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Thread: Public sector planning versus private sector

  1. #1

    Public sector planning versus private sector

    Hi all,
    I'm currently considering studying town planning at masters level and was just curious as to the differences between working as a town planner in the public sector, to working in the private sector? Are there key advantages/disadvantages between the two?
    Thanks for your help.

  2. #2
    Cyburbian Masswich's avatar
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    They are totally different, most of the time. Public sector planners either do (1) development review (2) play the political game to try to get good planning to occur or (3) are political people trying to get their Mayor (or similar) to look good and advance her/his agenda. On rare occasions, public sector planners will do some of the planning studies or rezoning work themselves. Public sector planners can sometimes become very vested in the future of their municipality and therefore may sometimes care less about the results of a particular study and more about the politics of convincing people to make positive changes to the community.

    Private sector planners mostly write reports such as planning studies or zoning. Their goal (beyond doing good planning work, which I like to think is a goal of all good planners) is to keep the public sector planner that pays their bills happy. They are less vested in the future of a particular place, and usually need to spend most of their time making sure they complete the scope of what they agreed to provide. However, it is in some ways a more fulfilling job because the results (the reports) are much more tangible than the results for a public sector planner (who may or may not end up getting her/his way in the long run).

    I once heard the difference summarized as public sector planners getting power to make change and private sector planners getting money (or the spare change!) Its not quite that simple but that's a good start to understand the difference.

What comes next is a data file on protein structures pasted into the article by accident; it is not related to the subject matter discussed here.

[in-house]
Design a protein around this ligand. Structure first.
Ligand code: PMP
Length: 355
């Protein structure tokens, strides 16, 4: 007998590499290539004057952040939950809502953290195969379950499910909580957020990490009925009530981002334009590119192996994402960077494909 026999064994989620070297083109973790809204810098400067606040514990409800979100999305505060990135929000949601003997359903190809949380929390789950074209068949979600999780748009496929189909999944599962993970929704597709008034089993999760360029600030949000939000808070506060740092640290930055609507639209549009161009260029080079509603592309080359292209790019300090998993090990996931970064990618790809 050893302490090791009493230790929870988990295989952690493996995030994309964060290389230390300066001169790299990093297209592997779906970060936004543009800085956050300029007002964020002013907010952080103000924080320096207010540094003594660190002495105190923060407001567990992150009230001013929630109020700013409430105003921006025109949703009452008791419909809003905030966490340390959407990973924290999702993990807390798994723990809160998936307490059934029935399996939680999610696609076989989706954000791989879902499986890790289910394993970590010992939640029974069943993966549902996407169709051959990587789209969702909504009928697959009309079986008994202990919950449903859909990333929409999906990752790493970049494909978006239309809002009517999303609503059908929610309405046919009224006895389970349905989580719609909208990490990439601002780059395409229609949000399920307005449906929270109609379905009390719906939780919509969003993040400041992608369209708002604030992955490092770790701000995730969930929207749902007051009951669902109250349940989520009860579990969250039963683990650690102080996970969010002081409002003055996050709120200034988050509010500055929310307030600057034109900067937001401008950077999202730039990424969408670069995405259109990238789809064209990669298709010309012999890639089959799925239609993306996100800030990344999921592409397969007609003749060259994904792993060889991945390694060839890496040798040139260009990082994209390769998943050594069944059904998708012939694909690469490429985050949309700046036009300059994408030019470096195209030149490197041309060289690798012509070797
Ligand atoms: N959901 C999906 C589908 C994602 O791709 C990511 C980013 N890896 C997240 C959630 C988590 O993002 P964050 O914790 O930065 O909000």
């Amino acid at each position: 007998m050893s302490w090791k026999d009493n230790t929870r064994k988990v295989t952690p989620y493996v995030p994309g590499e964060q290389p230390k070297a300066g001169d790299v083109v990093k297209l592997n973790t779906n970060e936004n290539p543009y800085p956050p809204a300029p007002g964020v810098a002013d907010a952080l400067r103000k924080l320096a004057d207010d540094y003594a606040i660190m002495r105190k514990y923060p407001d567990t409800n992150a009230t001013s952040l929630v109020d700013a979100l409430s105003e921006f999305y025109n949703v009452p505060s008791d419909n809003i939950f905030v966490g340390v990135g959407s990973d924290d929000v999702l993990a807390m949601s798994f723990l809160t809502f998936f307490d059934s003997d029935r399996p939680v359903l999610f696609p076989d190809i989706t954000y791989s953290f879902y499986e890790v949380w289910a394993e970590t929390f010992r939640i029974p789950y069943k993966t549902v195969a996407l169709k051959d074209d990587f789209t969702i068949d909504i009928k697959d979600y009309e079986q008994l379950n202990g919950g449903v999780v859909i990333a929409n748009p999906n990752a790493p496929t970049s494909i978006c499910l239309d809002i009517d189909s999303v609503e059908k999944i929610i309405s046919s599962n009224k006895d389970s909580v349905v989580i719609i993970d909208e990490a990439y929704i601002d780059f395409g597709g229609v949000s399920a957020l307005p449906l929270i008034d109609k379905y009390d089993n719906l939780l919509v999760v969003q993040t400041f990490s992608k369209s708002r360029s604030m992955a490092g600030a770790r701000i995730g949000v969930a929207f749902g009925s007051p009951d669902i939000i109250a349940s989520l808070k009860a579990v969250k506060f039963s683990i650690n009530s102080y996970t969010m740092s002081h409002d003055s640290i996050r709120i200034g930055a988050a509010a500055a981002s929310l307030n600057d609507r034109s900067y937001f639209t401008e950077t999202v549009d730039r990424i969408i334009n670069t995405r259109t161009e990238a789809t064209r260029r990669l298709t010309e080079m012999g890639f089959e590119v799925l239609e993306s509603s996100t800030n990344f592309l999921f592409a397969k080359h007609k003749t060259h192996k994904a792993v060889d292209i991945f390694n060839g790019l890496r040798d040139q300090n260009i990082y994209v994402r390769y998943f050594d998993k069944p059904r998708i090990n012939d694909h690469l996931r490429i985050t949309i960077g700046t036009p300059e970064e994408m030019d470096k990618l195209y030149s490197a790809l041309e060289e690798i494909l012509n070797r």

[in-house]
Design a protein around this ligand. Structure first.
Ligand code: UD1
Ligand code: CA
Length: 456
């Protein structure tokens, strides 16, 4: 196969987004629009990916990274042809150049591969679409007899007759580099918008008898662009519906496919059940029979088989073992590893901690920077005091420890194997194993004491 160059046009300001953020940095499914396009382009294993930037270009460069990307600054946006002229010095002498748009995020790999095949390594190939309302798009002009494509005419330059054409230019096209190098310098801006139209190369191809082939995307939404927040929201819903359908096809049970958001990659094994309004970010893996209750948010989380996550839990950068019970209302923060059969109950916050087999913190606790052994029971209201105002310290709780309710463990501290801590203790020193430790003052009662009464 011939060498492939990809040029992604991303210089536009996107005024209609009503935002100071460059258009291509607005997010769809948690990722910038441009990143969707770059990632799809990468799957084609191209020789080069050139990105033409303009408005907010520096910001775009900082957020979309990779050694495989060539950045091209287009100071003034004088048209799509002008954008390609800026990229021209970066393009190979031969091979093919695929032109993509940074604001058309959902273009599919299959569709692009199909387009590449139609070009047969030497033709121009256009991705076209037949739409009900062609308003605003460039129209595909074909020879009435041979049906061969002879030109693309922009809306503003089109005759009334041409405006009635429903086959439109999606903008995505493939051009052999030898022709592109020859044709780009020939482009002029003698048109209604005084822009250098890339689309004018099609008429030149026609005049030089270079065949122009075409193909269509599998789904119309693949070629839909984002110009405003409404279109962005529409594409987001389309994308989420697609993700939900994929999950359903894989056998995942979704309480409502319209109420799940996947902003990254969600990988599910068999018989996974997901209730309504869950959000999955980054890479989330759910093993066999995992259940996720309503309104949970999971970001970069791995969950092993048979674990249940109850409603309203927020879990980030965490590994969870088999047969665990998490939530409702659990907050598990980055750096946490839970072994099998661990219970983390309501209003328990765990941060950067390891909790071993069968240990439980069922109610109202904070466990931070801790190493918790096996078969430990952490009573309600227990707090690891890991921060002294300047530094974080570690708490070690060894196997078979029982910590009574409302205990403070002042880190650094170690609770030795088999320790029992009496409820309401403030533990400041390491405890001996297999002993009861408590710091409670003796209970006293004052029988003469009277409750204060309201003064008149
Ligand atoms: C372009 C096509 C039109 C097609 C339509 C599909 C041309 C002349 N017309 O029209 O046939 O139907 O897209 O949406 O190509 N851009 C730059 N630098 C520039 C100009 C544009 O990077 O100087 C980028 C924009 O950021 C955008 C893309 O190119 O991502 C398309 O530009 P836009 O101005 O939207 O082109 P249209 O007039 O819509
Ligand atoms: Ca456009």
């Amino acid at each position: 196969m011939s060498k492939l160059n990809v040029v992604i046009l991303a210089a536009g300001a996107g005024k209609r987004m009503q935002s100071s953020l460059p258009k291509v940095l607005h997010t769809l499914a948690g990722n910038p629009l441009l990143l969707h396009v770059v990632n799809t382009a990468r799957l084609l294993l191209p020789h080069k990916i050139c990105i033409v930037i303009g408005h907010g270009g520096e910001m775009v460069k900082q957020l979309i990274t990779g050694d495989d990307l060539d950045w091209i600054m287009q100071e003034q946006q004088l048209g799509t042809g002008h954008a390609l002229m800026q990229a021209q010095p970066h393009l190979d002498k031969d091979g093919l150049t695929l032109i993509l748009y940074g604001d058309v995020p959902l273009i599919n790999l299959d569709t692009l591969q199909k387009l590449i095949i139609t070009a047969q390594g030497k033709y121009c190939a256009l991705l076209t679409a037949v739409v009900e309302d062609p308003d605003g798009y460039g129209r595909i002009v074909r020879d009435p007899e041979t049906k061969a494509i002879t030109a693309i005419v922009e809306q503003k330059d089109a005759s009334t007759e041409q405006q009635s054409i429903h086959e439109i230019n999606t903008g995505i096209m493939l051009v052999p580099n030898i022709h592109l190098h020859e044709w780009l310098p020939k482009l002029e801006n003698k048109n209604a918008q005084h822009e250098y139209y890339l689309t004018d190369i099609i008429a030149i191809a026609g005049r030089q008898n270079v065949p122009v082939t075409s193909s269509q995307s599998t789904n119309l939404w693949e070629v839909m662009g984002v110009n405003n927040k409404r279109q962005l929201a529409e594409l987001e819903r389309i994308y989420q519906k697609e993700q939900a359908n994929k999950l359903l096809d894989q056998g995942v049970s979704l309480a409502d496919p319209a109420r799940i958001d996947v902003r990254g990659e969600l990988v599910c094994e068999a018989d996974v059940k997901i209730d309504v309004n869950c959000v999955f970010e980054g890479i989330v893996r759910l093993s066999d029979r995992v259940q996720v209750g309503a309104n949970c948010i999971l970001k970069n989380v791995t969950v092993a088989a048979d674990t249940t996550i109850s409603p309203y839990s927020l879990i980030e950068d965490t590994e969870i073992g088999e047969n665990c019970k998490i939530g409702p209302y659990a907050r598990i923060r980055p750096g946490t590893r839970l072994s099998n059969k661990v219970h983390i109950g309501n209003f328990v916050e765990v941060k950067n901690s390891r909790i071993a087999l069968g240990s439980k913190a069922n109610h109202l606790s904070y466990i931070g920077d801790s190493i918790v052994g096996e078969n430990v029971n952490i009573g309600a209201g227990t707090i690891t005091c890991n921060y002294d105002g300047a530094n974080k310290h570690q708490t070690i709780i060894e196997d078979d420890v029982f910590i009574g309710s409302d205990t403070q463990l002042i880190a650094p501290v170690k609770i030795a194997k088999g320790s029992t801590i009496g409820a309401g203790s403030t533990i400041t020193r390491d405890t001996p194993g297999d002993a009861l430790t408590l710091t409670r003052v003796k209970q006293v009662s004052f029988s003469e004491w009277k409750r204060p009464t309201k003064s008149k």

3. #3
    Cyburbian
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    I disagree with that. I'm in the private sector and do code enforcement for several of my clients. Consultants can be contracted out to smaller communities who do not have the financial resources to hire a full time staff planner, so we do the entire role of the planner. In many communities, there are some planners who do current planning and some planners (usually higher up but not always) who do long range planning (comprehensive planning, master planning, transportation studies, corridor plans). Some public sector planners do both current and long range, in addition to several other types of planning (research, design, historic preservation, economic development, etc.). In the public sector, planners become very knowlegeable about the community/county/region they work for, but are not as knowlgeable about planning in other areas.

    Private sector planners who are prinicipals of their firm OWN a stake of the company, so they are vested. I think it is much much more difficult for a prinicipal in a private firm (especially a smaller one) to just walk away and look for a new job. They usually have to put up money or their sales recored as "collateral" in order to make partner (in addition to an impressive track record on the job). Politics can also make or break contracts with consultants, especially if there are politicians who want to reduce expenditures.